SHSK Thinks


March 2024

Nurturing minds: A holistic approach to ‘mindfulness’ at St Helen and St Katharine

Liz Bedford, Pastoral Deputy Head

In our latest SHSK Thinks article, Mrs Bedford discusses ‘mindfulness’ and the SHSK approach to nurturing minds.

This term I thought I’d focus on ‘mindfulness’. The media suggests that this topic is added to the long list of information that schools should ‘teach’ and my inbox gets peppered daily with providers keen to make money out of ‘delivering’ it to children. From my perspective this misses the point; it is much more than simply techniques to be practised, it is about providing a whole environment that creates such a diverse offer that everyone can find something that helps them to forget the planning ahead and be in the moment, with all of the potential benefits that can bring to mental well-being.

In the fast-paced world of academic study, it’s crucial for educational institutions to acknowledge the importance of mental well-being. At SHSK, we understand that mindfulness is not a one-size-fits-all concept; it’s a broader notion of encouraging students to find out what is for them, their chosen methods of mental relaxation. I’d also argue that it goes beyond mental relaxation and strays into areas such as gratitude and the ability to create islands of mental space in a busy day.

So yes, we do have lessons, assemblies, tutor times and individual support that focuses on developing techniques. An example of this would be our Mental Fitness booklet aimed at Middle School students. Presented in tutor time and Personal Development (PD) lessons, this resource introduces students to various techniques eg ‘square breathing’ as well as apps, such as Headspace, enabling them to explore what works best for them individually. However, we all know that a calming voice or technique will not work for every individual. Sometimes silence is needed to create space and that’s why we insist on it at the start of Chapel. Our assemblies this year have often involved listening to different genres of music offering students who find space in music a wider reference context to explore.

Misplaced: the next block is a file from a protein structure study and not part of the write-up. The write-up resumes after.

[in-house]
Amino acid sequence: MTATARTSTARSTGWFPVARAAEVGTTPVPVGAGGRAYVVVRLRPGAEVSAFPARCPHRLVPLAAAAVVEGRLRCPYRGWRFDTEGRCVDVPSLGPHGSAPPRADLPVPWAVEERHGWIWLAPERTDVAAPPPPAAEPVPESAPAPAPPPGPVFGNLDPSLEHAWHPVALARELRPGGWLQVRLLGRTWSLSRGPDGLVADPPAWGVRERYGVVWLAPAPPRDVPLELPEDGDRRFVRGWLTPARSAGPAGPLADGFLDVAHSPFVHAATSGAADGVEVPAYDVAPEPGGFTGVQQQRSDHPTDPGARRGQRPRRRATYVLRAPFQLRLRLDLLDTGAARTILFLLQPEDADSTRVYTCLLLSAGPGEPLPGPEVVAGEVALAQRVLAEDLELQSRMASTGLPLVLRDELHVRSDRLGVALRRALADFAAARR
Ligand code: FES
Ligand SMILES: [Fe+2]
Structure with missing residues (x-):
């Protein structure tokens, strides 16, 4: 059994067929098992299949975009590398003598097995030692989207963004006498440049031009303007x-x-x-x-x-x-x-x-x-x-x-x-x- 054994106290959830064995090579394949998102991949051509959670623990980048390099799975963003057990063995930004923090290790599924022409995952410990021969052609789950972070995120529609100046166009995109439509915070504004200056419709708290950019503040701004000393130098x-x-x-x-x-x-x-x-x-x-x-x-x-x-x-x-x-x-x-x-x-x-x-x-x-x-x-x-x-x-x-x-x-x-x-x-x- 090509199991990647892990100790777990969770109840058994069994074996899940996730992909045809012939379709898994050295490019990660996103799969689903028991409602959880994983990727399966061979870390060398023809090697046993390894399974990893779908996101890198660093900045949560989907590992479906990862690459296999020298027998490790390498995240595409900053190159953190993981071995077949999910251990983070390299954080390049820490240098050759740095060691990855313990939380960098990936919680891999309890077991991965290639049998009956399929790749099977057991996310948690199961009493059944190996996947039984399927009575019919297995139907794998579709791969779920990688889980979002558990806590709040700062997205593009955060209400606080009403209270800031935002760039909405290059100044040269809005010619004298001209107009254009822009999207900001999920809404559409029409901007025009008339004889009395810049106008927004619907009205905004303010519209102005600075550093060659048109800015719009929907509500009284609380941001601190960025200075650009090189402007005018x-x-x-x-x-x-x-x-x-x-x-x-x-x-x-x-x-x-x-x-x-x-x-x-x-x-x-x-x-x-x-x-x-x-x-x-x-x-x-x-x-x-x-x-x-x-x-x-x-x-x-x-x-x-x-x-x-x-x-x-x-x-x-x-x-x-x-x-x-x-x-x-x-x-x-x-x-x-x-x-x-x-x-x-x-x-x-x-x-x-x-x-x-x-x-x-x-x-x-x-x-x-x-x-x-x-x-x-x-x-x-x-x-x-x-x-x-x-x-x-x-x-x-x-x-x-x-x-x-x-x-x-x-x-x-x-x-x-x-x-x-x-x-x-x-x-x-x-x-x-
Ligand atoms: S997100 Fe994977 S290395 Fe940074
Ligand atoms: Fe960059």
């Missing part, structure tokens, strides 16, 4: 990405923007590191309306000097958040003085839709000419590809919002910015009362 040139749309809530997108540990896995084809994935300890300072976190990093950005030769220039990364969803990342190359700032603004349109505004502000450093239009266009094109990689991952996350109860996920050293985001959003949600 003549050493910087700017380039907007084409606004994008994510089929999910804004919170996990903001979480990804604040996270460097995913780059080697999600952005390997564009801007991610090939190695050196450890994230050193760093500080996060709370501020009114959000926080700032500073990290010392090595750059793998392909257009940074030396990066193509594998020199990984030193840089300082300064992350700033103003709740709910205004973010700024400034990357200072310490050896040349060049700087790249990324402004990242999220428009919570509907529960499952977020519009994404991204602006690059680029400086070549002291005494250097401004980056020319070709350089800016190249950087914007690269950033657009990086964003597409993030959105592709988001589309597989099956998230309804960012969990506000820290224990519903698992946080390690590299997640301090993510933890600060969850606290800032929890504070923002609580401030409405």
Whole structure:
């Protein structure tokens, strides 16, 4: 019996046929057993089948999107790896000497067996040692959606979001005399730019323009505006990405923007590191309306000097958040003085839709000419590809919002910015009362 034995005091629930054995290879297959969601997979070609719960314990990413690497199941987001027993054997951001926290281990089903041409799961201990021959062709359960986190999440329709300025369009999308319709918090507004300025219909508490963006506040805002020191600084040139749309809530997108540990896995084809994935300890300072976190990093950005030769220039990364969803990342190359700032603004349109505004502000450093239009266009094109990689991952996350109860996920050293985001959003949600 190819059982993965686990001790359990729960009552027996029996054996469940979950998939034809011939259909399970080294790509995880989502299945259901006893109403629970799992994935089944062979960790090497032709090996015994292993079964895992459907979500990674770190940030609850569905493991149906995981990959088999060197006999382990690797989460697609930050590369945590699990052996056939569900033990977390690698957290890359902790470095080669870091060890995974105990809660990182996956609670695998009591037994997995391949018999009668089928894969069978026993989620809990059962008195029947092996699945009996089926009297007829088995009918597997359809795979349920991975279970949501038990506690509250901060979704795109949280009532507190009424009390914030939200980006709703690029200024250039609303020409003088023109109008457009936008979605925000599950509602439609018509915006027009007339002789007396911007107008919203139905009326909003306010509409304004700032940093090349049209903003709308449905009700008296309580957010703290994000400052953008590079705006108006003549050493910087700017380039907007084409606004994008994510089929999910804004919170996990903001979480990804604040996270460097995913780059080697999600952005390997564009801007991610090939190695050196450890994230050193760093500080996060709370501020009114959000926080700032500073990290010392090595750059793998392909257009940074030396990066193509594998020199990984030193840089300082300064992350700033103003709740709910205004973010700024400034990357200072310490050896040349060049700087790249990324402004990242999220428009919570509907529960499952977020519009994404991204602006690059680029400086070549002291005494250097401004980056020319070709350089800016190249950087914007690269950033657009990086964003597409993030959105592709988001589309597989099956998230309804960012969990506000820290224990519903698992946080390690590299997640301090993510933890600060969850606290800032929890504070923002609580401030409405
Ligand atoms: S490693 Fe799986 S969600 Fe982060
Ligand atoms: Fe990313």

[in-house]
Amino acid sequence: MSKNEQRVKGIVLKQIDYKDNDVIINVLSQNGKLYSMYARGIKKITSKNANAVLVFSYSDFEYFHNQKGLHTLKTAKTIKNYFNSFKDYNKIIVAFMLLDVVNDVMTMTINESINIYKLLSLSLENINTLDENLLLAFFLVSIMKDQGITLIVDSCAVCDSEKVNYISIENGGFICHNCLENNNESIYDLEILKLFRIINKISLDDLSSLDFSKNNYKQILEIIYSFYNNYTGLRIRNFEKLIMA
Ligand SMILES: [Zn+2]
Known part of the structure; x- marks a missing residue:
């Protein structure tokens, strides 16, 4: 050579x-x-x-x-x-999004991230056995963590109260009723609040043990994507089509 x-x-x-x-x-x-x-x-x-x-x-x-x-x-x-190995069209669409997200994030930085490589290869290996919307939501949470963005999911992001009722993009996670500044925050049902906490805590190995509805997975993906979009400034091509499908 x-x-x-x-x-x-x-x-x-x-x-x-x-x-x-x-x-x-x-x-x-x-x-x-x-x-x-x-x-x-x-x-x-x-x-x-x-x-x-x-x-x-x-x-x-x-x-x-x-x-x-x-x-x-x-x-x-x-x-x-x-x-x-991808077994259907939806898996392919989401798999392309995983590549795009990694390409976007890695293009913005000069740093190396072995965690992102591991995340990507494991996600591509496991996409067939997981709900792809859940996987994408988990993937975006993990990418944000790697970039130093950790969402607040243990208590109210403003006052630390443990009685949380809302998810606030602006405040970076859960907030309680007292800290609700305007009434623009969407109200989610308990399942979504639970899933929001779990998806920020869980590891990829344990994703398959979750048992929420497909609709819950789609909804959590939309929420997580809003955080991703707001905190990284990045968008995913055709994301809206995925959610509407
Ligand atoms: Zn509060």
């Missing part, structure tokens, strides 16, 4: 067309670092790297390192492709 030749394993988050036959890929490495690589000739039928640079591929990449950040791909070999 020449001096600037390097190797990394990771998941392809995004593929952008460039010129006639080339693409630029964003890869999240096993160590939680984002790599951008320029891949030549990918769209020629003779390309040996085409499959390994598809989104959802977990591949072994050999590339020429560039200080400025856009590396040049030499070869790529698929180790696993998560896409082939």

Our school spaces, both indoors and outdoors, are designed to accommodate those who need some visual comfort and quiet areas, offering benches and outdoor areas that allow students to connect with nature. Recognising the significance of nature in promoting mental well-being, we have implemented an Outdoor Learning strategy for junior students, including a variety of activities at our Church Farm like sitting around the fire or bird watching.

For some, they find mindfulness in physical movement and creativity. In Sixth Form, students enjoy yoga and can choose Craft it as a St Katharine’s Study option, or go to the weekly art and Well-being Club. Middle School students often ‘just dance’. The Junior Department spill out into the quad each afternoon break and dash about filling the air with shouts and squeals.

In addition to the above, we try to encourage students to pause and consider what they are grateful for, look into the moment rather than engage in the next ‘I want’. They send postcards to friends and teachers, we all thank each other for kindnesses such as opening doors and try to acknowledge when others have gone the extra mile. Yes, that’s simply manners but it also has benefits for a sense of well-being.

As parents, I know you try to encourage the same development of positive habits for mental health, be it a walk on a windy day, wrestling various electronic gizmos out of your daughter’s hand, cooking, or travelling many miles together in companiable silence or encouraging/sending them out into the garden for some daylight.

So, mindfulness as the current ‘trend’ may be here to stay or may go the way of other concepts that go in and out of fashion. For us, we will not be ‘teaching’ or ‘delivering’ it to/at your daughter and we make no apology for that. We will be looking to embed it in the fabric of her being so that as she heads out into a fast-paced world where she will no doubt work hard and achieve great things, she also knows how to create a moment of stillness where she can simply be.


Liz Bedford, Pastoral Deputy Head

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